What Is Windows Terminal?

Windows Terminal

Microsoft recently unveiled the Windows Terminal as a command-line application that provides access to various shell environments, such as PowerShell, Command Prompt, WSL distributions such as Ubuntu and Azure Cloud Shell.

The app supports multiple tabs and offers customizable settings, using GPU-accelerated text rendering to display CJK ideograms, emoji, icons, programming ligatures, and symbols.

Multiple command-line emulators

Windows OS users have long lamented the lack of a comprehensive command line interface, forcing programmers and system administrators to rely on third-party applications that replicate Unix style terminal consoles for programming or system administration tasks. Microsoft recently unveiled Windows Terminal at Build 2019 developer conference as an answer. Designed as a modern, fast, efficient, and powerful terminal emulator for developers and IT professionals alike; features include split window design with multiple tabs, customizable fonts, GPU accelerated text rendering engine that supports Unicode/UTF-8 characters as well.

The software is free and open source, which means it can be customized and extended with plugins to meet the individual needs of its users. Available to download on GitHub before being made available to purchase in Windows Store, creating your own terminal from scratch is also an option so that it meets those specific requirements of each individual.

Mintty, a free and open-source terminal for Windows 10, works seamlessly with Cygwin, offering a clean display supporting images, sixel graphics, emojis and various fonts. Furthermore, Mintty features split windows, tiled panes and themes; its ability to connect remotely via SSH makes it an invaluable asset for system administrators and developers working remotely.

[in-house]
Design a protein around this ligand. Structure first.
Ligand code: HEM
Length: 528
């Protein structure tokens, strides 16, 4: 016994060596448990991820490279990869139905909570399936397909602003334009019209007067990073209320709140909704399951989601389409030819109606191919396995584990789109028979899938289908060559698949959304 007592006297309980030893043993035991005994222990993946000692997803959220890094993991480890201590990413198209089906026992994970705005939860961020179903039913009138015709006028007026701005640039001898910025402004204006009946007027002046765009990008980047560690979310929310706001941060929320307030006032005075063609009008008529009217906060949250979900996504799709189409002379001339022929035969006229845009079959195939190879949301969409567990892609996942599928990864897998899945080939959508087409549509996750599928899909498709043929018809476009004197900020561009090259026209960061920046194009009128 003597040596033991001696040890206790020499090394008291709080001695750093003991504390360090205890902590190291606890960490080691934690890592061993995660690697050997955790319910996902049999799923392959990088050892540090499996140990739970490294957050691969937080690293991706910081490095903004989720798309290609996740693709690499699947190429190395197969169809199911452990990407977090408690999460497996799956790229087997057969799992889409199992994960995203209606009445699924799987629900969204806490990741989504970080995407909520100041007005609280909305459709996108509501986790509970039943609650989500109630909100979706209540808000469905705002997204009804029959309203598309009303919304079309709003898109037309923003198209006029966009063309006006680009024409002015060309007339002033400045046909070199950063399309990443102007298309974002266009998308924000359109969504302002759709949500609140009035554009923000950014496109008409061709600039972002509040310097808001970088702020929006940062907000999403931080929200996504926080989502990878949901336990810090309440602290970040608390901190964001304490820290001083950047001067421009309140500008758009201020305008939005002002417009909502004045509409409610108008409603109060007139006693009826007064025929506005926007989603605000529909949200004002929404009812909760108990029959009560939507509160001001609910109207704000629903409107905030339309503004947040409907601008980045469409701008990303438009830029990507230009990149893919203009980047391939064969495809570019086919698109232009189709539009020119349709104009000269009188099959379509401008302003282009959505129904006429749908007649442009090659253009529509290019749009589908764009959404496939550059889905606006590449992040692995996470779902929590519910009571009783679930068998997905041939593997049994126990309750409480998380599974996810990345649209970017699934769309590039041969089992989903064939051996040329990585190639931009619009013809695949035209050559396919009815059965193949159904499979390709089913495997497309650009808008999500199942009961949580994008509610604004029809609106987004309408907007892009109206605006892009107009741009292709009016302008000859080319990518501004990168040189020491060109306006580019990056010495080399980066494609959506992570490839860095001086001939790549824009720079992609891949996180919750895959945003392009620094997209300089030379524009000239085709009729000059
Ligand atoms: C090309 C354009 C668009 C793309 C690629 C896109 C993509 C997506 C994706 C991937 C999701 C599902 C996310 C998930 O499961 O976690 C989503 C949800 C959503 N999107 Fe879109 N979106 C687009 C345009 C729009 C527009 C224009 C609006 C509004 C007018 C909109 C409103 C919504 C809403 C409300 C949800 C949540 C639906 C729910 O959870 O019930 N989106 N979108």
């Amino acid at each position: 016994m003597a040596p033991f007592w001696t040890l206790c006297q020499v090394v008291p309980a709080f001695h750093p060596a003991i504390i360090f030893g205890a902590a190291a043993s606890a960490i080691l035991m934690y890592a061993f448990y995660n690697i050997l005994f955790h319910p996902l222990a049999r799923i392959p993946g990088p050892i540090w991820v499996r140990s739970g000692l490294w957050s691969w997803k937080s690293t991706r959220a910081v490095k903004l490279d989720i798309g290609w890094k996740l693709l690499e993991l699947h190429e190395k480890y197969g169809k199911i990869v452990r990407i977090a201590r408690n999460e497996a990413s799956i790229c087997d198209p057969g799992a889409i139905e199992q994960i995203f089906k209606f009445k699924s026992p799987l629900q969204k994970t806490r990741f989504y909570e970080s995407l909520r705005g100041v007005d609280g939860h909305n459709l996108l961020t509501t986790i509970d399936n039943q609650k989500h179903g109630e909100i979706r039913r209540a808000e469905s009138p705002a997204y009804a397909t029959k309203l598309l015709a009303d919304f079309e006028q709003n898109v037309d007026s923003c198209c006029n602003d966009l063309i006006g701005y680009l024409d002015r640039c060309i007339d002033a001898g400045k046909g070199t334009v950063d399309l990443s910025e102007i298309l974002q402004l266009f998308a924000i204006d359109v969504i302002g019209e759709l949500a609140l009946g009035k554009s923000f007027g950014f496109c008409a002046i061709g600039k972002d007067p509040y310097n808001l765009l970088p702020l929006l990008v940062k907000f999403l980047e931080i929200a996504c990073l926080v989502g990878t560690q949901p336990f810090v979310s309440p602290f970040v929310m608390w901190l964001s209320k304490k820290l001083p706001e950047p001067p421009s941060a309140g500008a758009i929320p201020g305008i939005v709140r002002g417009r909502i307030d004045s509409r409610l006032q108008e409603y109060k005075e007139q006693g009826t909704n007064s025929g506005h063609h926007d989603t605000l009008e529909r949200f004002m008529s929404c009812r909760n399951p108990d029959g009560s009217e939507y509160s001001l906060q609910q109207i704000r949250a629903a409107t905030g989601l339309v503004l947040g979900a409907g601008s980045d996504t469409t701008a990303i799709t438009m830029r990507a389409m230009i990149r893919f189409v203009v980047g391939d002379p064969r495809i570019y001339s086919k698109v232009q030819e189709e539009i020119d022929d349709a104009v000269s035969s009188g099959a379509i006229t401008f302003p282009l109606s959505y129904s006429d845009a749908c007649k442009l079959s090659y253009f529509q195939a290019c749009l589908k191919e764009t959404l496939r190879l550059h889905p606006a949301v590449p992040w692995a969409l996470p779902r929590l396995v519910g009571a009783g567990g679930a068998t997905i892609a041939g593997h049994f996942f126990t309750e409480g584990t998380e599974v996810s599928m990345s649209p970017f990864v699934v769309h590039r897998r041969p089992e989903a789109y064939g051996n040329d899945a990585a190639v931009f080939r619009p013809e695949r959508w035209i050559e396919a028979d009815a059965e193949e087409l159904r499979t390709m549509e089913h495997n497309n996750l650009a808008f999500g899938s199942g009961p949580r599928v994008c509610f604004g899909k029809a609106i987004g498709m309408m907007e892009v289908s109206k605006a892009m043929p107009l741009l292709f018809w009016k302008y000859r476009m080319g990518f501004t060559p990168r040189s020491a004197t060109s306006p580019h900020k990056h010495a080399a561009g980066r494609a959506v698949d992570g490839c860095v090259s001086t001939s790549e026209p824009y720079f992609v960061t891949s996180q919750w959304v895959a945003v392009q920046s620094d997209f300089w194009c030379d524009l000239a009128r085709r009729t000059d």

Hyper is designed specifically for Windows and stands out as being lightweight and compact, making it a great way to explore Linux-based terminals on a Windows machine. You can run multiple command lines simultaneously in a single tab for maximum productivity; SSH, Telnet, Rlogin and SUPDUP protocols support ensure secure remote access while offering you an opportunity to learn Linux commands as you work them directly on your own PC.

Terminal Emulators have quickly become one of the most powerful terminal emulators on Windows. Fast and stable, with plenty of features for both advanced and novice users alike, Terminal Plus is easy to set up using standard keyboard shortcuts – available for Windows 10 or later versions.

Quake mode

Microsoft’s recent update for Windows Terminal Preview includes a Quake mode that enables users to launch applications using keyboard shortcuts – similar to how PC FPS game Quake opens its console by pressing a hotkey – this feature is particularly beneficial for those using their computers for development or script testing purposes.